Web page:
Seagate has started to ship its highest-capacity hard drives for notebooks. The new HDDs use shingled magnetic recording (SMR) technology with very high areal density as well as slimmed-down mechanics.

The new Seagate Mobile HDD 2 TB is the first hard drive to market in a 2.5-inch/7 mm form-factor with such extreme capacity. The hard drive is based on two 1 TB SMR platters running at 5400 RPM and features 128 MB of cache as well as SATA interface. The maximum sustainable transfer rate of the HDD is 100 MB/s, which is considerably lower than that of mainstream mobile hard drives (145 – 169 MB/s for Seagate’s own laptop HDDs). Seagate declares 13 ms average seek time for the hard drives. The new HDD weighs 3.17 oz (or 90 grams) and is aimed primarily at mobile computers or bulk cold storage, where you can arguably fit eight drives into a single 5.25-inch bay. Supermicro has an 88-bay 4U rack unit where each drive is hotswappable, though that fits a large PC in the rear; if hot-swappable isn't required, we could be looking at nearly 200+ per storage 4U rack with appropriate backplanes.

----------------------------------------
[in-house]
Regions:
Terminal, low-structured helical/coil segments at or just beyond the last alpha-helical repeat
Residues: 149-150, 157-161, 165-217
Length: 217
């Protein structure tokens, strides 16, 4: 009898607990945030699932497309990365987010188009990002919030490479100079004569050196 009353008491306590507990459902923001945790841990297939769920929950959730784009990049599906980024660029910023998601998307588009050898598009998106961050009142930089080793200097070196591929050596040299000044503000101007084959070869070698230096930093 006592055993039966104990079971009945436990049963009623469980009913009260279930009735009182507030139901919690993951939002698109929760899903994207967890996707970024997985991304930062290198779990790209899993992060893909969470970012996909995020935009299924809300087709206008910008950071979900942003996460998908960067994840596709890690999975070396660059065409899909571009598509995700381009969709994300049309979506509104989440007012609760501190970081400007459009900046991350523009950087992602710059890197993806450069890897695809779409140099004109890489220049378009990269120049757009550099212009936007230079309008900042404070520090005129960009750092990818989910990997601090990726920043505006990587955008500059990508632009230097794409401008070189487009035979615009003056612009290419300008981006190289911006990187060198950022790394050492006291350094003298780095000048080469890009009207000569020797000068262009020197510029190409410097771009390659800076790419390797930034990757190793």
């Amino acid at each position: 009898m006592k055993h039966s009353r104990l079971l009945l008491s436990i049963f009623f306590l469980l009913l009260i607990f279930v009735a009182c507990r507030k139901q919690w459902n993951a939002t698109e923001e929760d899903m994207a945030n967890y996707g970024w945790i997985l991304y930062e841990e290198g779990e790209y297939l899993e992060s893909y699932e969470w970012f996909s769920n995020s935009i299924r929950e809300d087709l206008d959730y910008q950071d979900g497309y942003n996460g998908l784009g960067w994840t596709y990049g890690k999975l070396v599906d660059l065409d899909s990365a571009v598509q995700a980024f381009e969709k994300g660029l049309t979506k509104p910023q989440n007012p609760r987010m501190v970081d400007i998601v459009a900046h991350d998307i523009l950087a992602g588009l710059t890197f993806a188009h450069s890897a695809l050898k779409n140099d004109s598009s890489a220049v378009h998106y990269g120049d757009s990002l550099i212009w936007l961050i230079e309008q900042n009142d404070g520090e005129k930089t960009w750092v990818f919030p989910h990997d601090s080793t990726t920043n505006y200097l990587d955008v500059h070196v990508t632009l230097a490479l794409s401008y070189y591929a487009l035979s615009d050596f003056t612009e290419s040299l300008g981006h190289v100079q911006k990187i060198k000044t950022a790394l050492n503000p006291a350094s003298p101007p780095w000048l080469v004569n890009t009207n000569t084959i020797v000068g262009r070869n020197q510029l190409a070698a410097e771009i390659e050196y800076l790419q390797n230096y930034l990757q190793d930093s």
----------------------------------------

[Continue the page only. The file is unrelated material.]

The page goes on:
Three sets of drives will be offered, in 1TB and 2TB configurations: 

  2TB 1TB
Base Model ST2000LM007 ST1000LM035
Seagate Secure Model
(Self Encryption)
ST2000LM009 ST1000LM037
Seagate Secure FIPS Model
(FIPS 140-2)
ST2000LM010 ST1000LM038

The SMR technology enables areal densities higher than 1 Tbit per square inch, but at the cost of performance. HDDs featuring shingled recording write new magnetic tracks that overlap part of the previously written tracks, which may slowdown writing since the architecture requires HDDs to rewrite adjacent tracks after any writing operation. In order to “hide” such peculiarities of SMR, Seagate has developed special firmware that ensures optimal writing performance. Part of the reason why Seagate installs a massive 128 MB cache on a 2 TB HDD is because the firmware needs it to store data from tracks that have to be overwritten. Alternatively, it is required to alter operating systems and software, which is not economically feasible.

Usage of SMR technology is justified in environments that are used to archive cold data that is not updated frequently because write performance of such HDDs may be rather slow. Client PCs both read and record data and it remains to be seen whether performance offered by SMR-based client HDDs will be sufficient for the end-user. The Seagate Mobile HDD 2 TB is around 60% slower than the Seagate Laptop HDD 2 TB based on maximum sustainable transfer rate.

Seagate did not disclose whether SMR platters used inside the Mobile HDD 2 TB are made in-house, or by Showa Denko K.K. (SDK), the world’s largest independent producer of hard drive platters. In addition to SMR technology, Seagate used its new mechanics, including new head, preamp, channel and other mechanisms for the Mobile HDD 2 TB HDD. Slimmed down mechanical components allowed Seagate to integrate two platters into a 7 mm hard drive.